The seasonal cycle of meridional heat transport at 24°N in the North Pacific and in the global ocean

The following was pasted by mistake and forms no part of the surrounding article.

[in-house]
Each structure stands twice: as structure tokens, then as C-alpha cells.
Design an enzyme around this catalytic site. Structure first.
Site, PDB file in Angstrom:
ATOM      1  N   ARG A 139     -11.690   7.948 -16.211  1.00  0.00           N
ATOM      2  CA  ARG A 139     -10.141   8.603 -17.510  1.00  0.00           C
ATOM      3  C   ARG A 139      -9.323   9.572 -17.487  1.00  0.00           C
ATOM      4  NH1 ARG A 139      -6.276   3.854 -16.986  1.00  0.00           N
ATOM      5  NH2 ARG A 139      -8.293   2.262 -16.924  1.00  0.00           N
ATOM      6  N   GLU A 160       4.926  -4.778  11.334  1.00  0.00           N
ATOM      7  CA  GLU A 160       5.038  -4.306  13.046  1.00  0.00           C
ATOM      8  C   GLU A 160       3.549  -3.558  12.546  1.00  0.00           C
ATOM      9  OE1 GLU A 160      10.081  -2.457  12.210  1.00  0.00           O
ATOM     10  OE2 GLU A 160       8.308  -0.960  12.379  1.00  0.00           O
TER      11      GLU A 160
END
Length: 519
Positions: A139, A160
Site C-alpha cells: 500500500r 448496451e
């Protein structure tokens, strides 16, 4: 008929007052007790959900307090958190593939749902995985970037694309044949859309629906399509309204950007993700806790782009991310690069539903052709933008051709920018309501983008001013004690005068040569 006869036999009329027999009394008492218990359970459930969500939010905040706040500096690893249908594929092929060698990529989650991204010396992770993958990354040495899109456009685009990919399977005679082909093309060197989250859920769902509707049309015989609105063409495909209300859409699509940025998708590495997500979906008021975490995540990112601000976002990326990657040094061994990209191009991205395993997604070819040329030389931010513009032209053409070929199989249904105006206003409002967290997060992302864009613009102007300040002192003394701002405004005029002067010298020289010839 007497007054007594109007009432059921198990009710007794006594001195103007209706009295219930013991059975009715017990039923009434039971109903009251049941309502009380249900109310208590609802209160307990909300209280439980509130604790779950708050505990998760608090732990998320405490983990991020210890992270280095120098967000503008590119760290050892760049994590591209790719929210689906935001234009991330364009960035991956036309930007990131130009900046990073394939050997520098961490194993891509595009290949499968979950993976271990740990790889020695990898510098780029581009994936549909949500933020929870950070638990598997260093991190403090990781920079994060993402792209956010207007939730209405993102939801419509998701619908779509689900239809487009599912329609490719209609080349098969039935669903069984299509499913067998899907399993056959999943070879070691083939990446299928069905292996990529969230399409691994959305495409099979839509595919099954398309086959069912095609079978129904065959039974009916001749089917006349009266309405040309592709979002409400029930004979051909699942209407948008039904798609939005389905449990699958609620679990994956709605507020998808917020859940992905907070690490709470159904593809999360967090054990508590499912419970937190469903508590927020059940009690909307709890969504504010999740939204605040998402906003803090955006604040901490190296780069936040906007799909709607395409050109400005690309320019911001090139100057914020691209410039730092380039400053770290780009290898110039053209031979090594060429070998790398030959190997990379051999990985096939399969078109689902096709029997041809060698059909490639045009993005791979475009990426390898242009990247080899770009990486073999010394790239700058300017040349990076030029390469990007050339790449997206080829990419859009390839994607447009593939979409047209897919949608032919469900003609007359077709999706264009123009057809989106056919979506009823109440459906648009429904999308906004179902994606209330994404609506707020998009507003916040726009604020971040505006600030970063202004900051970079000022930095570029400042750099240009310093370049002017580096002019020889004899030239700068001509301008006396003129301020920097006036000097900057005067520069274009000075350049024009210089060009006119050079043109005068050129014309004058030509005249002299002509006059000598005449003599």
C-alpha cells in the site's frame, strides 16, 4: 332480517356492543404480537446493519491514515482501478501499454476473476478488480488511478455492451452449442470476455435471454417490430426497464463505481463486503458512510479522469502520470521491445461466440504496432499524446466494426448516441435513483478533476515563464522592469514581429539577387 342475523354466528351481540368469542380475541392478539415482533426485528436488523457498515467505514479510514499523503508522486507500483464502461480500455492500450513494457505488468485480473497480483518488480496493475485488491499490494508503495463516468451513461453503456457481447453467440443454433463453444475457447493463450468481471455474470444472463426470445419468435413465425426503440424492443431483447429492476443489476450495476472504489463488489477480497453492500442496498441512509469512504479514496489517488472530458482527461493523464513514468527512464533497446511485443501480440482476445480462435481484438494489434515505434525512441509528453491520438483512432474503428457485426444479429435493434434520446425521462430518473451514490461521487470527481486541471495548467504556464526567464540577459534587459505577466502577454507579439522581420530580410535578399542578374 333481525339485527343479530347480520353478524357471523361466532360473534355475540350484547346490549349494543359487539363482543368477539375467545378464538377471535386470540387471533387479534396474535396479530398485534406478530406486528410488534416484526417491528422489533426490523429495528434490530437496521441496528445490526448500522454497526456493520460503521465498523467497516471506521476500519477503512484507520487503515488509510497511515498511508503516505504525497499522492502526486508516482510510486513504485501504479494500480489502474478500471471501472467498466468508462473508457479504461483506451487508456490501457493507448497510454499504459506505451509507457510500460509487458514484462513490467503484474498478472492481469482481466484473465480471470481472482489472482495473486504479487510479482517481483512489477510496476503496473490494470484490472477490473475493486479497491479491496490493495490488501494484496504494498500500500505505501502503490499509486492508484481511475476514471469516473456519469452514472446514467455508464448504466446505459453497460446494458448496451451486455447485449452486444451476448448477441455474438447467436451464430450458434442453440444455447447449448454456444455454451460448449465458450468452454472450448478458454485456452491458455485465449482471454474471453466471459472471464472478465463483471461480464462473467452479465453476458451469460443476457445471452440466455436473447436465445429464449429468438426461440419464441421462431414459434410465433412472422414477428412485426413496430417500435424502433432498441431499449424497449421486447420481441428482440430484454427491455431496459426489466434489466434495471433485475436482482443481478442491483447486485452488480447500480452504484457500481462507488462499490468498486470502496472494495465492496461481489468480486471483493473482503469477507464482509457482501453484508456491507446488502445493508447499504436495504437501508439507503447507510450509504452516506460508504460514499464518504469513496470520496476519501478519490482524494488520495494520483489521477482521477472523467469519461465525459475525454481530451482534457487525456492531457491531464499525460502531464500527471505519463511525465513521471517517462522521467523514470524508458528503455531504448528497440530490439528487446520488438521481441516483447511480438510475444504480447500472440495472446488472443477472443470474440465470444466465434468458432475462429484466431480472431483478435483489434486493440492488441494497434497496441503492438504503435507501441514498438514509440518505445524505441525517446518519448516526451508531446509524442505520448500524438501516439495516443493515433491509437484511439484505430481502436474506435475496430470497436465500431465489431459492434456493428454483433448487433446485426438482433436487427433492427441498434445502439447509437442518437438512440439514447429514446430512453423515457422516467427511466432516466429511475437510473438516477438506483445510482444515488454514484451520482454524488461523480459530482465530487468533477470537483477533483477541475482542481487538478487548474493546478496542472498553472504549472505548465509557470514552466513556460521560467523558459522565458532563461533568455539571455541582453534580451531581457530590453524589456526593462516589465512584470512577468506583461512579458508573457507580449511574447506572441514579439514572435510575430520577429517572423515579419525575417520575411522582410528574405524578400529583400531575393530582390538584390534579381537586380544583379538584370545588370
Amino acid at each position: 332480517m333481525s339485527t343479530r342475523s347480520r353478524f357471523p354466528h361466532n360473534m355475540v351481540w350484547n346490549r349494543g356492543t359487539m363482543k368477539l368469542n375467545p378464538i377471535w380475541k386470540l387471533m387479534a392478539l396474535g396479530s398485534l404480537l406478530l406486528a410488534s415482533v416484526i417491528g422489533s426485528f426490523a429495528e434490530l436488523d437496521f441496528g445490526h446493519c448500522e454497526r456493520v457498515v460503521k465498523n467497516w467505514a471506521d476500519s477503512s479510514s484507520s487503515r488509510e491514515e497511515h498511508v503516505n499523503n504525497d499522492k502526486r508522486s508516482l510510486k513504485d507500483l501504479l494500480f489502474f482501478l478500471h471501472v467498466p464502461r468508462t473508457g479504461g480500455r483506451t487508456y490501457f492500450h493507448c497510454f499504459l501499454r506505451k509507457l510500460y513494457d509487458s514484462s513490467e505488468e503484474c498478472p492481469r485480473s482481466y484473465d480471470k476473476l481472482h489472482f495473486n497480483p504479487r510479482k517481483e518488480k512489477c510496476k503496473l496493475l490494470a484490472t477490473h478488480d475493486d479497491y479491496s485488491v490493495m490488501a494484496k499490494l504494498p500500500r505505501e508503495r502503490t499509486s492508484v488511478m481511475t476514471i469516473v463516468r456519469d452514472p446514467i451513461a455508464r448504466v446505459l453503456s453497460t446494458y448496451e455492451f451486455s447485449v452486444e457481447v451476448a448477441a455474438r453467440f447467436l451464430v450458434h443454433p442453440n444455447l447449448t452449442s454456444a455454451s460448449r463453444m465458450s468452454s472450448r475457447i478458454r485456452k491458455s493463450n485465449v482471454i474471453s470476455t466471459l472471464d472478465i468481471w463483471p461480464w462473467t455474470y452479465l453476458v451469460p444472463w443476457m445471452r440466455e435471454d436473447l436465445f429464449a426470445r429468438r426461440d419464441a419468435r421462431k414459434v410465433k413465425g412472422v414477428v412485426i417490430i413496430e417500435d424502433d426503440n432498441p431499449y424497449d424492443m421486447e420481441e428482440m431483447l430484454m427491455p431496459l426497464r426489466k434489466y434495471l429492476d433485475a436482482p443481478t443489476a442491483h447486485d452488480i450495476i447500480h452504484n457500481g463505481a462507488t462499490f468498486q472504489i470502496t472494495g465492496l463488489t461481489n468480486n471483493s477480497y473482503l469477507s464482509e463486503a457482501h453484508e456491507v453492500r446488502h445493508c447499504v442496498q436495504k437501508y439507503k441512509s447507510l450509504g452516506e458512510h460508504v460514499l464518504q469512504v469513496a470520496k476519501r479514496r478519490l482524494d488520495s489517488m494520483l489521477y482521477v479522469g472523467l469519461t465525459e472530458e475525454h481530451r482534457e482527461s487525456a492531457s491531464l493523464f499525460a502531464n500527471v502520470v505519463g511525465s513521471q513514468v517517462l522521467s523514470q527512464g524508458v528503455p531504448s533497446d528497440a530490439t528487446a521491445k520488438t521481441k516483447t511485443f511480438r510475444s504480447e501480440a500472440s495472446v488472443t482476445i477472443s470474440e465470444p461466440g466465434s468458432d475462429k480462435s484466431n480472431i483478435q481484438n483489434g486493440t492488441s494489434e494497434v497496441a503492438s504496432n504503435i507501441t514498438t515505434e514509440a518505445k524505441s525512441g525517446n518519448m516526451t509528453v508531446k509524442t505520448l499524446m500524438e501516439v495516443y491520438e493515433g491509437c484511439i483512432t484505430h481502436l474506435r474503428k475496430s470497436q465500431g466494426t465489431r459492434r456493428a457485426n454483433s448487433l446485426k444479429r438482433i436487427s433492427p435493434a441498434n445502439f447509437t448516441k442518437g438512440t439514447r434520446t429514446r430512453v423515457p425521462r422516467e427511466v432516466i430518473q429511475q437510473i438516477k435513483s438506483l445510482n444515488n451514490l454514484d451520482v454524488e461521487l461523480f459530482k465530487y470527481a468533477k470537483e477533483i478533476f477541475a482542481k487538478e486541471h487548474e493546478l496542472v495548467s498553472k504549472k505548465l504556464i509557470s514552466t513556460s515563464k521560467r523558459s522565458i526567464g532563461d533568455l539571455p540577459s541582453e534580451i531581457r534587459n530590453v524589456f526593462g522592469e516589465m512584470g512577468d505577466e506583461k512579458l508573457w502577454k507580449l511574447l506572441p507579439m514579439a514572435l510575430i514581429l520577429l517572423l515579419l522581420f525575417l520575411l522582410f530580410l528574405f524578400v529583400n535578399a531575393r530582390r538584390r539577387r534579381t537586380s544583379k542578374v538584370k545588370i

[1] An improved estimate of the Kuroshio transport and its seasonal variation derived from the World Ocean Circulation Experiment (WOCE) moored current meter array east of Taiwan (referred to as PCM-1) is combined with various wind products and available hydrographic data in the ocean interior to determine the meridional heat transport at 24°N in the North Pacific. The resulting seasonal cycle of meridional heat transport has a minimum heat flux of ∼0 PW in January and February and a broad maximum in the second half of the year, with a peak of 1.1 PW in July and a secondary maximum of 1.0 PW in November. The annual mean heat transport is 0.62 PW, with an uncertainty of 0.2 PW. Of the total heat transport, 0.37 PW is associated with the “overturning” circulation, and 0.25 PW is contributed by the horizontal “gyre” circulation. The Parallel Ocean Program (POP) model simulation of the meridional heat flux at 24°N compares favorably with the observations with regard to both the seasonal variation and the annual mean value. The vertical and horizontal cells are found to contribute about 3/5 and 2/5 of the total heat transport, respectively, and they are confined in the upper ocean on the annual mean and longer timescales. However, for the seasonal variation the vertical cell dominates the variation and involves circulation changes through the entire water column, while the horizontal cell heat flux remains nearly constant year-round. The new estimate of meridional ocean heat flux across 24°N in the Pacific is combined with an updated estimate in the Atlantic at this latitude to yield a total oceanic heat flux across the latitude circle of 24°N of 2.1 ± 0.4 PW, with an annual cycle that ranges from 1.1 PW in February to 2.8 PW in August. This is the first such estimate of the seasonal cycle of the world ocean heat flux across 24°N from direct oceanographic observations.